How to Cope After a Car Crash

by Carrie Stemke

Surrounding yourself with the support of family and friends can help you cope.

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According to the U.S. Census Bureau, in 2009 there were 10.8 million car accidents in the United States. Even long after the physical injuries have healed, a car crash can leave a mental imprint that can, at times, seem nearly impossible to deal with. After an accident, drivers report experiencing everything from mild anxiety at the thought of getting behind the wheel again to severe post-traumatic stress disorder. Taking the right steps to help yourself or a loved one heal after a car accident can result in a faster recovery and a return to your regular life that much sooner.

Go Easy On Yourself

After going through a car accident or watching a loved one try to heal, it's not unusual to experience some negative feelings, such as anxiety, fear or depression. Stress disorders, including post-traumatic stress disorder, are natural reactions to the trauma of events such as a car accident, and can be resolved with time. There's no specific amount of time in which you're supposed to "get over it," nor is there any "right" way to react, no matter your role in the crash.

Speak With a Lawyer

If you've been the victim or the cause of a car accident, talk with an attorney. The medical bills stemming from a motor vehicle crash alone can be ruinous, whether you're trying to pay for your own or being sued by someone else. Then there are the added expenses of repairing your car or purchasing a new one completely -- car insurance doesn't necessarily cover all your costs. According to the legal blog of Colorado-based injury law firm Bachus and Schanker, LLC, in most states, people who were in car accidents and sustained emotional or physical injuries are legally permitted to seek compensation for their medical costs.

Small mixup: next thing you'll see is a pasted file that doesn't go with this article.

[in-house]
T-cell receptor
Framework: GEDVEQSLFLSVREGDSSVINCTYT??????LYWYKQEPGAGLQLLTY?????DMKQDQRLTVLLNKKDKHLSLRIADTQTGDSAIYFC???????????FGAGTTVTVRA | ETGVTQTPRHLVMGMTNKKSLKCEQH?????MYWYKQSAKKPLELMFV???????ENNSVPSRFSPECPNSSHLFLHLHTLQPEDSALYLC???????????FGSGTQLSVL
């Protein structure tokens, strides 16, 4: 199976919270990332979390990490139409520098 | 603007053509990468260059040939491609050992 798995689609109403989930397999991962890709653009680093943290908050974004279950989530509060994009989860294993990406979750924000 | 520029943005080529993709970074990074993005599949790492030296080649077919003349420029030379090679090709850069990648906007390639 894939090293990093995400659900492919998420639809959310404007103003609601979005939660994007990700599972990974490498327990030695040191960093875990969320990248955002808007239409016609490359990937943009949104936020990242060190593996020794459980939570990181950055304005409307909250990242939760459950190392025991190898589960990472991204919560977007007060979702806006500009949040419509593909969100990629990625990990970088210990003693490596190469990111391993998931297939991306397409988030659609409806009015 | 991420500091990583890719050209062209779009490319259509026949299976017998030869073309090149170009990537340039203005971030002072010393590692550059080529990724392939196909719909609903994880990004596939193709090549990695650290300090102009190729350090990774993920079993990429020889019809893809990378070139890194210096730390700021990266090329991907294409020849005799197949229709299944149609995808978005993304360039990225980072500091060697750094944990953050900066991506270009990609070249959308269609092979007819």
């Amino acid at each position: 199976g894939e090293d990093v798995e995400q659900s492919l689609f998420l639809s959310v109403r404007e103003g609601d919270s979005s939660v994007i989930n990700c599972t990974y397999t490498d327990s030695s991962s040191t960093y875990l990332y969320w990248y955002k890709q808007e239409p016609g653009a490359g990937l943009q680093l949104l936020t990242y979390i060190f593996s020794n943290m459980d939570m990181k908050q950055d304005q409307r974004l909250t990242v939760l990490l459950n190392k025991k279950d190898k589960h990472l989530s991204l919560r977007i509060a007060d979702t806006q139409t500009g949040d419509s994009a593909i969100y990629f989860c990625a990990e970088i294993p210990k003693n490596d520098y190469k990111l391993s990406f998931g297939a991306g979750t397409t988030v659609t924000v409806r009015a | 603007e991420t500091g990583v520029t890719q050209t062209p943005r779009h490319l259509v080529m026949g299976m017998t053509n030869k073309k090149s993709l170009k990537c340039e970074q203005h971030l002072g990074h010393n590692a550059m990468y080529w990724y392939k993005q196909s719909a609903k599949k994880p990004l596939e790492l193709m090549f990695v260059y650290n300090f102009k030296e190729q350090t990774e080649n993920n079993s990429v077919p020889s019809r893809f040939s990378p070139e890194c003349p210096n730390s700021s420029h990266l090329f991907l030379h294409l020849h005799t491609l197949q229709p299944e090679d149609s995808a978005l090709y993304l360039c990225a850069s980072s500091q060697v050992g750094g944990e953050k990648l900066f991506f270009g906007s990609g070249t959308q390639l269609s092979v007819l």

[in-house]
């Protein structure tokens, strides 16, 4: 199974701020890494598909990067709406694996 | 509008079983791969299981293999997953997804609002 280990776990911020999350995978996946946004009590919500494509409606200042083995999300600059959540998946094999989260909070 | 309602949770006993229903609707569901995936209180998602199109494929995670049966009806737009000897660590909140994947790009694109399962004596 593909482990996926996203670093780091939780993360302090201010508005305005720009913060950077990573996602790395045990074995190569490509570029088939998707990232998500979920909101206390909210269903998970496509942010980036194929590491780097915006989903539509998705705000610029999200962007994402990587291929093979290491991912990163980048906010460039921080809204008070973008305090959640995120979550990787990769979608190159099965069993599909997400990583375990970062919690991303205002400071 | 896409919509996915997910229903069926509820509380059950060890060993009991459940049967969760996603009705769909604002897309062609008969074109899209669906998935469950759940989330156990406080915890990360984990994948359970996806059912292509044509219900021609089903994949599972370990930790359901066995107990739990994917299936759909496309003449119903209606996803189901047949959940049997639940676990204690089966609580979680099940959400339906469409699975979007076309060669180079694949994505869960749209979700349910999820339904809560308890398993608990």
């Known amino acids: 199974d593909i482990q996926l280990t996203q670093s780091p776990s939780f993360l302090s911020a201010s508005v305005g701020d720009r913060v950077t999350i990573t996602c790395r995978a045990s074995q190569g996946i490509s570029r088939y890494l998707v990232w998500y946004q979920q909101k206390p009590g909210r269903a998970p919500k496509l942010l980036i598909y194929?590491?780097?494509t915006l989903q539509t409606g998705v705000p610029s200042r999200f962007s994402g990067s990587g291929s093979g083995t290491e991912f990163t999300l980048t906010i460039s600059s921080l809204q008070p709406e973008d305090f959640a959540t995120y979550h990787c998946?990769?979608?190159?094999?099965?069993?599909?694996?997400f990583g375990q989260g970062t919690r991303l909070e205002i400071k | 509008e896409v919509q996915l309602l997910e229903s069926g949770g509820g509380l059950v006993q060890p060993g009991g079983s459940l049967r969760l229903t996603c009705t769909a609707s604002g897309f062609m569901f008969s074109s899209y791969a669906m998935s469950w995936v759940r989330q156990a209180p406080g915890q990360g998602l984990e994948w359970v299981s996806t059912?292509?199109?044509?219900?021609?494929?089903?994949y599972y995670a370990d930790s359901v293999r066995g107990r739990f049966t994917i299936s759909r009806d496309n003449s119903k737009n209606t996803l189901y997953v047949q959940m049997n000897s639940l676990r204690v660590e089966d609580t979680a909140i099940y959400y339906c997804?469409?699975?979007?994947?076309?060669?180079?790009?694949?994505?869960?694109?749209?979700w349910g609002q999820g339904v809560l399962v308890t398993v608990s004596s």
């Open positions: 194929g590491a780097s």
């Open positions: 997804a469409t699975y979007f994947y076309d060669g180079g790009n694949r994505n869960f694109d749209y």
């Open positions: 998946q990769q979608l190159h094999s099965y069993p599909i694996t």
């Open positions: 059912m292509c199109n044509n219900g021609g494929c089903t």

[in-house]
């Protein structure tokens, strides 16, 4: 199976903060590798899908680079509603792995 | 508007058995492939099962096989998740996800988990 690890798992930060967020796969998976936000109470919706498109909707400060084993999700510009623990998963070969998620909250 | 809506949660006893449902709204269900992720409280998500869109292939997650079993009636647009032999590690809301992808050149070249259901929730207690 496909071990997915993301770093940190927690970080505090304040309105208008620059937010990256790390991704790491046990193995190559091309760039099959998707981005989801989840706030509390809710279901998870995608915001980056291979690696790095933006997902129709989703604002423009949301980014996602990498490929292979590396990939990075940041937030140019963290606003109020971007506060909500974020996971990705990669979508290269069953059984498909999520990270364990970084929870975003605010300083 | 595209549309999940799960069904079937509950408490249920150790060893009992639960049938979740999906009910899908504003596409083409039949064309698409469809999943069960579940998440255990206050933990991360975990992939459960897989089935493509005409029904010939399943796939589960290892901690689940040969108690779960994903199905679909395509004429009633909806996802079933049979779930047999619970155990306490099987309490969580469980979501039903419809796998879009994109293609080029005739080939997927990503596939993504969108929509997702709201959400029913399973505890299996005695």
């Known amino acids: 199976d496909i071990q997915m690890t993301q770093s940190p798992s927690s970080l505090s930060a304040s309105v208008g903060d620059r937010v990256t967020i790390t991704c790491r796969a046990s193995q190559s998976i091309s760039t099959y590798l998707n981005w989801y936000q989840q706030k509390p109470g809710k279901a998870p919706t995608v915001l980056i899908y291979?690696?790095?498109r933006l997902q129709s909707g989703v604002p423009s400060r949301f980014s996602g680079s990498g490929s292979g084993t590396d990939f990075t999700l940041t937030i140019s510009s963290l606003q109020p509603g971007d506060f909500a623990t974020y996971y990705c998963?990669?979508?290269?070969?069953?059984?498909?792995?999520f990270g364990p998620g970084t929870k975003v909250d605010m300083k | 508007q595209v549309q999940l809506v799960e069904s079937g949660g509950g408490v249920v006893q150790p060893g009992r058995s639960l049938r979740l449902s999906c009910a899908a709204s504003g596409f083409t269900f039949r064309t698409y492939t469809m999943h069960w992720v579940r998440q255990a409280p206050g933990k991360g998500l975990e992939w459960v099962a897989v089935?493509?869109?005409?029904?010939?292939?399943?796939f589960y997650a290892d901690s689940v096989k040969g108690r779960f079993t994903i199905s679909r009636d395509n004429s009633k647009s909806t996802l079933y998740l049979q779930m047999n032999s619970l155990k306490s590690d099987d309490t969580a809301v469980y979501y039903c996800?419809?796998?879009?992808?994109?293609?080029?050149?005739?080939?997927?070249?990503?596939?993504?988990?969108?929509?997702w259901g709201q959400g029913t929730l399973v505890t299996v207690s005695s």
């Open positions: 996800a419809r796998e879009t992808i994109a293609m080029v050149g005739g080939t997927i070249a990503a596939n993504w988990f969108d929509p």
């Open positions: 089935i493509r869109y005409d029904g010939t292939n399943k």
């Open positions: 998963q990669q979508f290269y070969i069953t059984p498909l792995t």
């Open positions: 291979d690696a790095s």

Keep Up a Healthy Routine

Although you may not feel like it much at first, getting yourself back into a healthy, regular routine will promote healing, counsels the Royal College of Psychiatrists in their online article, "Coping After a Traumatic Event." This can be as simple as eating regular meals, trying to maintain a healthful, balanced diet and getting daily exercise. It's perfectly fine to take things at your own pace. For some people, it might be easier to start off slowly -- say, one regular meal per day and 20 minutes of light exercise three days a week. What is important is that you try, and make an active effort at healthy regularity.

Don't Be Afraid to Get Help

Whatever your role in the accident -- whether you were the victim, a friend or family member who wasn't in the crash, or if you caused the crash and hurt someone else -- don't be afraid to seek help from friends, family, clergy or the medical community. Definitely speak up if you have suicidal thoughts, are concerned that you cannot control feelings of anger relating to the accident or if your crash-related distress interferes with any area of your life for more than one month.

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About the Author

A New York native, Carrie Stemke is an avid writer, editor and traveler whose work has covered many different topics. She has had a lifelong fascination with and love of psychology, and hold's a bachelor's degree in the subject. Her psychology research articles have been published in Personality and Individual Differences and in Modern Psychological Studies.